Objective: Virus-inhibitory peptide (VIRIP) has been identified as a component of human hemofiltrate that blocks HIV-1 gp41-dependent fusion by interacting with the fusion peptide. A VIRIP analogue (VIR-576) has been shown to be effective in a phase I/II clinical trial. We have evaluated the activity and mechanism of HIV-1 resistance to VIRIP and its analogue, VIR-353. Methods: Anti-HIV activity and passage of HIV-1 strains in cell culture were used to generate and identify mutations that confer resistance to VIRIP and VIR-353. Recombinant viruses harboring the most relevant mutations were generated and characterized. Results: VIRIP and VIR-353 showed anti-HIV-1 activity with EC50 of 28 and 0.3 μmol/l, respectively, and were active against virus resistant to BMS-155, AMD3100, T20, TAK-779 or nevirapine. Time of addition experiments showed that VIR-353 targets a time/site of action corresponding to gp41-dependent fusion. VIR-353-resistant virus was generated after 450 days in cell culture, suggesting a high genetic barrier for resistance. The VIR-353-resistant virus was cross-resistant to VIRIP but remained sensitive to T20, AMD3100 or zidovudine. Recombination of gp41 into a wild-type backbone partially recovered the resistant phenotype, but both gp120 and gp41 from the resistant virus were necessary to restore resistance to VIRIP or VIR-353. Site-directed mutagenesis confirmed the role of specific mutations and identified a combination of three mutations (A433T/V489I/V570I) as the most relevant to VIRIP resistance. Conclusion: VIRIP may interact with a region of gp41 that is essential for fusion but not the fusion peptide. Our results highlight interactions between gp41 and gp120 that may be required during the fusion process. © 2011 Wolters Kluwer Health | Lippincott Williams & Wilkins.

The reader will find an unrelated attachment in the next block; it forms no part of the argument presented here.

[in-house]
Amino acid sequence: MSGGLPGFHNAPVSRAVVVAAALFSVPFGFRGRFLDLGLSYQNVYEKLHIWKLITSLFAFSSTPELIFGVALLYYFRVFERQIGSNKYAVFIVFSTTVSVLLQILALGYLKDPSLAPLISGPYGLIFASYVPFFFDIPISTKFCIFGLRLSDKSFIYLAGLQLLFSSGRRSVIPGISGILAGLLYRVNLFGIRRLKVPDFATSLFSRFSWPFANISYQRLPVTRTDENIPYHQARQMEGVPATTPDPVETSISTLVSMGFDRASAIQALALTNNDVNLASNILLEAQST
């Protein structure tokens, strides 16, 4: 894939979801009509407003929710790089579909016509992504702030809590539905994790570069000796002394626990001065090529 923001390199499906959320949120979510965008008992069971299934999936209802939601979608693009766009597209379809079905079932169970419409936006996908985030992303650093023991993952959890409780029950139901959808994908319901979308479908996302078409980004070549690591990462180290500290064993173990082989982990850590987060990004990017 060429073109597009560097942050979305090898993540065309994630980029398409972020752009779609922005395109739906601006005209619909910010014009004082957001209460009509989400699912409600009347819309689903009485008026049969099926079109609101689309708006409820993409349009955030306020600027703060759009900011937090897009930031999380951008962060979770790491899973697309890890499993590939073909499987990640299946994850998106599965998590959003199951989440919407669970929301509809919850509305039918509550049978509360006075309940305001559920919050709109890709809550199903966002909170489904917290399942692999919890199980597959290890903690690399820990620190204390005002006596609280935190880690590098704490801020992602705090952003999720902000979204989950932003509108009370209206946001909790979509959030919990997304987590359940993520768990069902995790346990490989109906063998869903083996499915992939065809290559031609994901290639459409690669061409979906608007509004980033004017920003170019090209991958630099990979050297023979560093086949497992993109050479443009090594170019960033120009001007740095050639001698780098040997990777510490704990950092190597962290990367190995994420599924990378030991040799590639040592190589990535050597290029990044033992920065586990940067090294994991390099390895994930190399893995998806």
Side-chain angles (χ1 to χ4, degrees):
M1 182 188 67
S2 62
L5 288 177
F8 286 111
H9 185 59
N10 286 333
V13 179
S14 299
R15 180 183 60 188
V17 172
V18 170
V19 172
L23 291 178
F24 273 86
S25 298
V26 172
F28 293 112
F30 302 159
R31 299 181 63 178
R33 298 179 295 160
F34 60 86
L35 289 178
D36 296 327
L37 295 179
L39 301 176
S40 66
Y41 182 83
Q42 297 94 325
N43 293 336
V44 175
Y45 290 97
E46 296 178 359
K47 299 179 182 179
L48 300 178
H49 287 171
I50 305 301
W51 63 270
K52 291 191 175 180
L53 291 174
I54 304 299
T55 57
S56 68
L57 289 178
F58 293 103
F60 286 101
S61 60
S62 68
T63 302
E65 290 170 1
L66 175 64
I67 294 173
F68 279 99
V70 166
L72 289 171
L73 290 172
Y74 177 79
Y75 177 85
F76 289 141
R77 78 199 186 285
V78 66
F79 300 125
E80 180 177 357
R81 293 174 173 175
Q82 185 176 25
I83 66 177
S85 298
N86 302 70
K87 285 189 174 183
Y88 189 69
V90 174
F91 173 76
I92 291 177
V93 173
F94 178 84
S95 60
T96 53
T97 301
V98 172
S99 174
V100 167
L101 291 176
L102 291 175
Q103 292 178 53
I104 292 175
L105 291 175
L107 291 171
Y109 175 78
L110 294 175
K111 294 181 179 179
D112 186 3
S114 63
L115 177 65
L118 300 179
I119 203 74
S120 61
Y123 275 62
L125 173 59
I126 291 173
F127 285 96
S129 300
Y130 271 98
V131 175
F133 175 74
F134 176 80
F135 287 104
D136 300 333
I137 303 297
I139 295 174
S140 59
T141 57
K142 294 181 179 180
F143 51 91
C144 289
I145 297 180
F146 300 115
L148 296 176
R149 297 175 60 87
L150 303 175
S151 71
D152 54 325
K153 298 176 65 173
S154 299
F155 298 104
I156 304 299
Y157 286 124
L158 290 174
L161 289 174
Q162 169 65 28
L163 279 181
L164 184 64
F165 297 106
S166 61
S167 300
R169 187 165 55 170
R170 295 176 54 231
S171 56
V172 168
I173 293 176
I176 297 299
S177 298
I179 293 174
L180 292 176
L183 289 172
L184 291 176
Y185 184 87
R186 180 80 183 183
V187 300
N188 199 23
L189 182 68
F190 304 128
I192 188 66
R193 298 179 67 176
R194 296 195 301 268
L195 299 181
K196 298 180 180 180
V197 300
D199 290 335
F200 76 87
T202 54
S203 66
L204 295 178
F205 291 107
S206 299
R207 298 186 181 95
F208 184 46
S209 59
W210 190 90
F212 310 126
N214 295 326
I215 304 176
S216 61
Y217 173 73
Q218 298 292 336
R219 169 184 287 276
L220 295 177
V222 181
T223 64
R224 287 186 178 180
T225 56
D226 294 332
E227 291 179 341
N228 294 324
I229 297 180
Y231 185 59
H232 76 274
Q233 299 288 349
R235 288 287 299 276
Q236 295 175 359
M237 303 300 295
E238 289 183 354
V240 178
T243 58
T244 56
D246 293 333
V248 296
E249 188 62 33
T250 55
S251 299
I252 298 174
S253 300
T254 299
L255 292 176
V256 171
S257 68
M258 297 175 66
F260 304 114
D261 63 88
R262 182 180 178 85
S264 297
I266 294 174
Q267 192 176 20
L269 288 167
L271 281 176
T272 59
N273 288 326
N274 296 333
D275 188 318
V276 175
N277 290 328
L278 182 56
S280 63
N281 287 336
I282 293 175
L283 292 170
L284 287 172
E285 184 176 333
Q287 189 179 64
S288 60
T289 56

|Publication status||Published - 24 Aug 2011|
- fusion inhibitor
- fusion peptide